"It was detected through a routine medical screening," Peinado said. "A milder form of the illness was indicated, but after testing by the state, it was revealed that she had the virus." Peinado added the woman's case is "still being investigated," and health officials are monitoring her progress.
The woman's infection was detected July 16. Peinado said the woman "had a headache at the time, but thought it was due to the heat." Over the next several days, the woman reported a stiff neck, back pain, fatigue and muscle aches, symptoms about 20 percent of those infected with the virus experience.
Stephen Munday, Imperial County public health officer, praised the efforts of local hospitals and health workers to detect any cases. "Right now, we are in the height of mosquito season in our area, and it is important that the public take the appropriate precautions when spending time outdoors," he said.
So far this year, 45 cases of WNV infection have been confirmed in California. Cases have been reported in San Bernardino, Los Angeles, Riverside, Orange, Kern and Imperial counties, according to state health department figures. One death has been confirmed so far — that of 57-year-old James Damiano of Fullerton. But most persons who are bitten with WNV mosquitoes never develop serious symptoms, and the disease often strikes those who are elderly or have weakened immune systems. About 20 percent of people infected develop fever, nausea, muscle aches and headaches. In some cases, symptoms progress to encephalitis or meningitis, which can be life threatening.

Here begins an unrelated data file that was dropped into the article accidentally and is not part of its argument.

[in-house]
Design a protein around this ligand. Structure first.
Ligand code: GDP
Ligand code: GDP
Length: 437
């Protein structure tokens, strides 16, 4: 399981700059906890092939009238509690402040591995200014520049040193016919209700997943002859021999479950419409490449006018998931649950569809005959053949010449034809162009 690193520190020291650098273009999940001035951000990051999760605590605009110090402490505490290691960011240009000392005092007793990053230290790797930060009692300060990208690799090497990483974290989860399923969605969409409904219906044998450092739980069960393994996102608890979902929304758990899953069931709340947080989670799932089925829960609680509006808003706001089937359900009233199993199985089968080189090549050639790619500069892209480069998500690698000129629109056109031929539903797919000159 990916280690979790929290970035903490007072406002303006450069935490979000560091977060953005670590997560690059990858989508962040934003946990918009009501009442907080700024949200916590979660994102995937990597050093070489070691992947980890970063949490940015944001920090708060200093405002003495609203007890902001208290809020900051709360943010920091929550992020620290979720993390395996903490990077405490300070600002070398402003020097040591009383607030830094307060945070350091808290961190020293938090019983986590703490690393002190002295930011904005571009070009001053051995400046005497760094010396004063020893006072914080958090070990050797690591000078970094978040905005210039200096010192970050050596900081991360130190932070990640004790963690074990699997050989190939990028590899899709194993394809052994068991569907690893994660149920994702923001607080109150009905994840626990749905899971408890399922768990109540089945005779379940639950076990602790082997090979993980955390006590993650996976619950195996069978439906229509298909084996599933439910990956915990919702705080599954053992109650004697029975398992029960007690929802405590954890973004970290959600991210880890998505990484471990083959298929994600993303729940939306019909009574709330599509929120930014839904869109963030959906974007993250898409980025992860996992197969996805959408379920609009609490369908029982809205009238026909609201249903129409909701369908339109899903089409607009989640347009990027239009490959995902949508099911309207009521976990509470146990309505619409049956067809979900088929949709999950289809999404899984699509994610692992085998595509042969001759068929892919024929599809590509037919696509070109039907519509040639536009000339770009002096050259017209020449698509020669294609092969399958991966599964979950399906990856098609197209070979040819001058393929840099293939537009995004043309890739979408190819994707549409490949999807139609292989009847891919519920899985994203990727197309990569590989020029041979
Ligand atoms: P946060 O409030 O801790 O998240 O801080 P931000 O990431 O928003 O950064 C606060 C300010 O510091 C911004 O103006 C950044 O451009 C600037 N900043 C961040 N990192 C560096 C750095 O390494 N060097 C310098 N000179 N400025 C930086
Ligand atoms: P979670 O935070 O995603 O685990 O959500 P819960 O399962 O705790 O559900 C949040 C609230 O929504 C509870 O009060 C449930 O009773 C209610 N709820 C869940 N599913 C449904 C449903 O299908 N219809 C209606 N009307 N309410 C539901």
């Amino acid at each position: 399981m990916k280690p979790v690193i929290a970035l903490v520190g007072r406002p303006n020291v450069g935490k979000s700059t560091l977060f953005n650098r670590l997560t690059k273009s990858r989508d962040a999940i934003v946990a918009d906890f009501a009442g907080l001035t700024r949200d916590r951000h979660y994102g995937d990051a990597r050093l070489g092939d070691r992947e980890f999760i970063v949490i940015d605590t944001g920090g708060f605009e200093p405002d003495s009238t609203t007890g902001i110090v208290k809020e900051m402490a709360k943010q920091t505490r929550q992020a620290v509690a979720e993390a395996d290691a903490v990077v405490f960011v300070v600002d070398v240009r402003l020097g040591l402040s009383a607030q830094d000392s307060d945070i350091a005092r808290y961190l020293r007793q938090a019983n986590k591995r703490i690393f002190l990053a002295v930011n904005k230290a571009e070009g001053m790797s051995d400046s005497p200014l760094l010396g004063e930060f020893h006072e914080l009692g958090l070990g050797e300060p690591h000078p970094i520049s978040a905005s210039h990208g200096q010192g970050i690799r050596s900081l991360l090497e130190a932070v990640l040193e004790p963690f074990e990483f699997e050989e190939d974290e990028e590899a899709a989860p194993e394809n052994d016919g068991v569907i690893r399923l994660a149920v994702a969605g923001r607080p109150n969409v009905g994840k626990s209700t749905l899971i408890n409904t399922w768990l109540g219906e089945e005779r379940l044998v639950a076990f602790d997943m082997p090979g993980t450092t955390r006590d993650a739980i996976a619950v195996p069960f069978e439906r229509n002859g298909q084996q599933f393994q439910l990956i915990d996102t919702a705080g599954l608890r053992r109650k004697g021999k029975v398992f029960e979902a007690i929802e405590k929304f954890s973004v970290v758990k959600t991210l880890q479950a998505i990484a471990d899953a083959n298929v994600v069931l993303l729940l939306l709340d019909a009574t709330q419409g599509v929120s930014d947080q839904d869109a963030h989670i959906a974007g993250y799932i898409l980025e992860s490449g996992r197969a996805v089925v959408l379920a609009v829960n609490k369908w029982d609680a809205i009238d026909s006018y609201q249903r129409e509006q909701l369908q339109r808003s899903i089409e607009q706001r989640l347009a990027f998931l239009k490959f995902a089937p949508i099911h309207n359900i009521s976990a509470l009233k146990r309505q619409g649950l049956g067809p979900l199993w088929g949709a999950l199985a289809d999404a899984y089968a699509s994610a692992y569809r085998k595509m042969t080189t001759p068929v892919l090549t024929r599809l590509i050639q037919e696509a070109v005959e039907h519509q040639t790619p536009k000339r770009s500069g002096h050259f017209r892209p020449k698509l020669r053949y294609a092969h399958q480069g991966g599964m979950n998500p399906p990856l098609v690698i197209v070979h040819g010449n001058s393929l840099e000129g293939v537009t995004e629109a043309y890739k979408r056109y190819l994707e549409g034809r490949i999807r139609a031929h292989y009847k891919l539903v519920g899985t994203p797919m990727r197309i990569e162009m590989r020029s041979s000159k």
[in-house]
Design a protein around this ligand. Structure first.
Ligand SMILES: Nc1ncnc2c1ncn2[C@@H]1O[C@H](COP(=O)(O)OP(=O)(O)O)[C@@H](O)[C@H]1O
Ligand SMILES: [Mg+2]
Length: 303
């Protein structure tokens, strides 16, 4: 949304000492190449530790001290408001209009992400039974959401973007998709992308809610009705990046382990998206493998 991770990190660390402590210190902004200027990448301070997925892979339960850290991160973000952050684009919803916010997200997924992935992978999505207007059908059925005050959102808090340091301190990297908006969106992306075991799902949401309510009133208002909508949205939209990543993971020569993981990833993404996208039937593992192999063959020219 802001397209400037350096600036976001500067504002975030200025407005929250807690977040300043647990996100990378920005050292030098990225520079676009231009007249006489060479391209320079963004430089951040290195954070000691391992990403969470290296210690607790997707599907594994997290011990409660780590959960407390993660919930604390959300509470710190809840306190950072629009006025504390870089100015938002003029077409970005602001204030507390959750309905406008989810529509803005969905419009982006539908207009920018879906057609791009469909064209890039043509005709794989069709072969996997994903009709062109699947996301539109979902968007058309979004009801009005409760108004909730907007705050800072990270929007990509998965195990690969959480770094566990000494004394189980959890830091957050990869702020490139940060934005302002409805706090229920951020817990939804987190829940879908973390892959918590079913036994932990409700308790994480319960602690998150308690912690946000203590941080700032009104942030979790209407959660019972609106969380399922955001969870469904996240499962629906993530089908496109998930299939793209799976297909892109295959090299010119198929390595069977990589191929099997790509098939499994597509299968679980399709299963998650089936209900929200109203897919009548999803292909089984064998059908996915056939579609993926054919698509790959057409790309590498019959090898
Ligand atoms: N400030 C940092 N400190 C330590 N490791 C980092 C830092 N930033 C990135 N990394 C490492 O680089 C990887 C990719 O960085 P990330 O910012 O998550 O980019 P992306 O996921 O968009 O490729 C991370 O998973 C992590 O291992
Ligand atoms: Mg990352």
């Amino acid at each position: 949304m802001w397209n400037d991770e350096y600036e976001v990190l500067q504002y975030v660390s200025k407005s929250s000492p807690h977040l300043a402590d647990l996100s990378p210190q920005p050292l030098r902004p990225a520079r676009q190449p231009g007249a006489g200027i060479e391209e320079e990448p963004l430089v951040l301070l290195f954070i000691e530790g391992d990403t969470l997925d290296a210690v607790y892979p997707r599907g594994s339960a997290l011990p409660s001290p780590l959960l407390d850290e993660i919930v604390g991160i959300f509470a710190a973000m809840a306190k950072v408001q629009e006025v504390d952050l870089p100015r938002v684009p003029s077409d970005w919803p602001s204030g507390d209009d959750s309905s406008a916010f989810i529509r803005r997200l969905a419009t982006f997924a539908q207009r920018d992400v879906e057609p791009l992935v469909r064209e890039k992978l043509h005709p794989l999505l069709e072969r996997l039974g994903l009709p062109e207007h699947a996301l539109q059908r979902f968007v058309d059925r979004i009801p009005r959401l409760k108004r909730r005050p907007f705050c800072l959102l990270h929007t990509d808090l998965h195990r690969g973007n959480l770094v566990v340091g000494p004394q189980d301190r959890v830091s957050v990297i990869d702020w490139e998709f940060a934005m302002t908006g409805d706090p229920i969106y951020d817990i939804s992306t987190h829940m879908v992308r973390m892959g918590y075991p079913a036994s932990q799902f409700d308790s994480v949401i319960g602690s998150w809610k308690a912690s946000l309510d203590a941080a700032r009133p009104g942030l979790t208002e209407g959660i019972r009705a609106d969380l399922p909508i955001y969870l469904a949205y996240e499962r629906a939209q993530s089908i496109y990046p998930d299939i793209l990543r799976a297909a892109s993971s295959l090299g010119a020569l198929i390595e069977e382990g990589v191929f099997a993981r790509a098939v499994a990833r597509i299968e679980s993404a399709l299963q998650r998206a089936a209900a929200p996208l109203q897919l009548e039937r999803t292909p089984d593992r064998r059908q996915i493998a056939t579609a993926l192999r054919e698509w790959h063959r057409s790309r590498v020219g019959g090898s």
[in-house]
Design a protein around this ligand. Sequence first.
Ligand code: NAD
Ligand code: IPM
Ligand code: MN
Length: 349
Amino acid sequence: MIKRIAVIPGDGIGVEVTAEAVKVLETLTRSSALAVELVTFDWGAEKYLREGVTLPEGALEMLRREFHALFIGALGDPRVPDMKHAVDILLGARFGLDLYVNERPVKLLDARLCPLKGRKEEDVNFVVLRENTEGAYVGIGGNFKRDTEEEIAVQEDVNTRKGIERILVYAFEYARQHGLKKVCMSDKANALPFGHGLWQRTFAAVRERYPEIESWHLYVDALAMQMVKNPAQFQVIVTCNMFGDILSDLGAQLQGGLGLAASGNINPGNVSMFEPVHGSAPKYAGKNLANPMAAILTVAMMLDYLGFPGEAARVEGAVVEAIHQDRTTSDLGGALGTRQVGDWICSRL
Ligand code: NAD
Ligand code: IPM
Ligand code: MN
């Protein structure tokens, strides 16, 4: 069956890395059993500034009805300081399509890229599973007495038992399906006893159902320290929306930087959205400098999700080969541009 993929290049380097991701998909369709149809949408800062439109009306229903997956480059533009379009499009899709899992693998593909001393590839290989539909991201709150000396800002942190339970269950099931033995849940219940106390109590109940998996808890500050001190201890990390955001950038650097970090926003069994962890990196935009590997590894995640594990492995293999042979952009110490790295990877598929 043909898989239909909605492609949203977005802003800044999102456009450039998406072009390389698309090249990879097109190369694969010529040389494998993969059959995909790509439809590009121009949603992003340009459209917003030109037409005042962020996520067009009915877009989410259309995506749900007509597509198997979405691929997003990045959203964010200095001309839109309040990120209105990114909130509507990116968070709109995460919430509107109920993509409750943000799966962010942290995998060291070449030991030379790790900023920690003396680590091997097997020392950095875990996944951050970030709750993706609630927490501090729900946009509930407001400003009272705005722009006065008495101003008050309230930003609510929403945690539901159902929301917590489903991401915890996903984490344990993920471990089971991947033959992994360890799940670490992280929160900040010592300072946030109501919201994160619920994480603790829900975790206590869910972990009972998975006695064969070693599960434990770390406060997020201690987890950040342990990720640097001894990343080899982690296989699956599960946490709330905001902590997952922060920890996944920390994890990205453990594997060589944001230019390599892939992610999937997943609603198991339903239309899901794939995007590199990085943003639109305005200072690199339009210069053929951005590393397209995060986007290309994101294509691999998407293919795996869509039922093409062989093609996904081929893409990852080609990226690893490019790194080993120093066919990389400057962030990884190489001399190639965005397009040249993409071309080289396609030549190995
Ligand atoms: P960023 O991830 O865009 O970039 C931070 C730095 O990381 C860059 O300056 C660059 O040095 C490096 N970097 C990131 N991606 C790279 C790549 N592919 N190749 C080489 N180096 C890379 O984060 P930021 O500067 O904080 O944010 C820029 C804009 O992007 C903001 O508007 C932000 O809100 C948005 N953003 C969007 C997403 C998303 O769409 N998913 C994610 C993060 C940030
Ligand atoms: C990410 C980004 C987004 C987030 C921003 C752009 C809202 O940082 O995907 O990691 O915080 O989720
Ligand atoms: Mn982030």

The disease was first detected in California last August, when a dead bird near the Salton Sea tested positive for the virus. An Imperial Irrigation District employee, 46-year-old Kenneth Ingram of Brawley, was diagnosed with WNV last October. He later made a full recovery.
With the return of the summer and moist air, mosquitoes that transmit the disease are of great concern to local officials. With temperatures routinely running above 105 degrees this time of year and humidity blowing in from the Gulf of Mexico and Arizona monsoons, moisture-loving mosquitoes are a big concern to county vector control workers. "A few days ago, we had 70 percent humidity at 4 a.m.," said Paul Johnson, vector control supervisor with Imperial County Environmental Health Services. "Mosquitoes don't like to dry out and the early morning and early evening is when you should be particularly careful."